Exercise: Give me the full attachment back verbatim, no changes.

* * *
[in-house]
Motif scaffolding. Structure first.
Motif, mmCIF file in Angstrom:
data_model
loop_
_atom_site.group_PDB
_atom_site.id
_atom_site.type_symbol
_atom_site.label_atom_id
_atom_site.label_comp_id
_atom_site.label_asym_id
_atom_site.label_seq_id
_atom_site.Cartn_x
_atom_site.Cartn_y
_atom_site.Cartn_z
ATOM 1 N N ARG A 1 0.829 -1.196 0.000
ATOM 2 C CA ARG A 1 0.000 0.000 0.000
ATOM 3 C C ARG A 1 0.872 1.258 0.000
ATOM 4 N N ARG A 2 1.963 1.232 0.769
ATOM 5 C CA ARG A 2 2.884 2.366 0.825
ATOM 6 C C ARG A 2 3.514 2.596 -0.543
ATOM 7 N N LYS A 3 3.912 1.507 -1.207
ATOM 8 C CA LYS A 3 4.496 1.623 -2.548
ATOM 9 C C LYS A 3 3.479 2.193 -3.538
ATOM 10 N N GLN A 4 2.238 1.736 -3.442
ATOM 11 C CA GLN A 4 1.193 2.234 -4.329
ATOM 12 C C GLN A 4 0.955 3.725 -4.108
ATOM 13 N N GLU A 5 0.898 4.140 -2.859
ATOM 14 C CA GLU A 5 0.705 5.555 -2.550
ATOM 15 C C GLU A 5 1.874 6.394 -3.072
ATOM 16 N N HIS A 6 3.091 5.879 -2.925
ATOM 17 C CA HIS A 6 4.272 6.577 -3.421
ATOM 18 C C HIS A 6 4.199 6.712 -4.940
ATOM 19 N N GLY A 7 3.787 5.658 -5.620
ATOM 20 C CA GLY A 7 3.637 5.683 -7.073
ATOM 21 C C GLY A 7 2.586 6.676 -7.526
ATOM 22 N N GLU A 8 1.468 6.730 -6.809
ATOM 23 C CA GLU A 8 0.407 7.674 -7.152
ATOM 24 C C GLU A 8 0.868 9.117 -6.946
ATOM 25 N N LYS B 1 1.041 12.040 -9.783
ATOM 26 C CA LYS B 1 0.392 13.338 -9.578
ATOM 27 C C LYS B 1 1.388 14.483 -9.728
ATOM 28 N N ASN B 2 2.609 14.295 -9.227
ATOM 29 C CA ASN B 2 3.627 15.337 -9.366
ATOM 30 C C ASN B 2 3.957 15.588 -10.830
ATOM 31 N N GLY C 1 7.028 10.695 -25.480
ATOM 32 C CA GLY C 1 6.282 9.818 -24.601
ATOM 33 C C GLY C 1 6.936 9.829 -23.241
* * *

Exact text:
[in-house]
Motif scaffolding. Structure first.
Motif, mmCIF file in Angstrom:
data_model
loop_
_atom_site.group_PDB
_atom_site.id
_atom_site.type_symbol
_atom_site.label_atom_id
_atom_site.label_comp_id
_atom_site.label_asym_id
_atom_site.label_seq_id
_atom_site.Cartn_x
_atom_site.Cartn_y
_atom_site.Cartn_z
ATOM 1 N N ARG A 1 0.829 -1.196 0.000
ATOM 2 C CA ARG A 1 0.000 0.000 0.000
ATOM 3 C C ARG A 1 0.872 1.258 0.000
ATOM 4 N N ARG A 2 1.963 1.232 0.769
ATOM 5 C CA ARG A 2 2.884 2.366 0.825
ATOM 6 C C ARG A 2 3.514 2.596 -0.543
ATOM 7 N N LYS A 3 3.912 1.507 -1.207
ATOM 8 C CA LYS A 3 4.496 1.623 -2.548
ATOM 9 C C LYS A 3 3.479 2.193 -3.538
ATOM 10 N N GLN A 4 2.238 1.736 -3.442
ATOM 11 C CA GLN A 4 1.193 2.234 -4.329
ATOM 12 C C GLN A 4 0.955 3.725 -4.108
ATOM 13 N N GLU A 5 0.898 4.140 -2.859
ATOM 14 C CA GLU A 5 0.705 5.555 -2.550
ATOM 15 C C GLU A 5 1.874 6.394 -3.072
ATOM 16 N N HIS A 6 3.091 5.879 -2.925
ATOM 17 C CA HIS A 6 4.272 6.577 -3.421
ATOM 18 C C HIS A 6 4.199 6.712 -4.940
ATOM 19 N N GLY A 7 3.787 5.658 -5.620
ATOM 20 C CA GLY A 7 3.637 5.683 -7.073
ATOM 21 C C GLY A 7 2.586 6.676 -7.526
ATOM 22 N N GLU A 8 1.468 6.730 -6.809
ATOM 23 C CA GLU A 8 0.407 7.674 -7.152
ATOM 24 C C GLU A 8 0.868 9.117 -6.946
ATOM 25 N N LYS B 1 1.041 12.040 -9.783
ATOM 26 C CA LYS B 1 0.392 13.338 -9.578
ATOM 27 C C LYS B 1 1.388 14.483 -9.728
ATOM 28 N N ASN B 2 2.609 14.295 -9.227
ATOM 29 C CA ASN B 2 3.627 15.337 -9.366
ATOM 30 C C ASN B 2 3.957 15.588 -10.830
ATOM 31 N N GLY C 1 7.028 10.695 -25.480
ATOM 32 C CA GLY C 1 6.282 9.818 -24.601
ATOM 33 C C GLY C 1 6.936 9.829 -23.241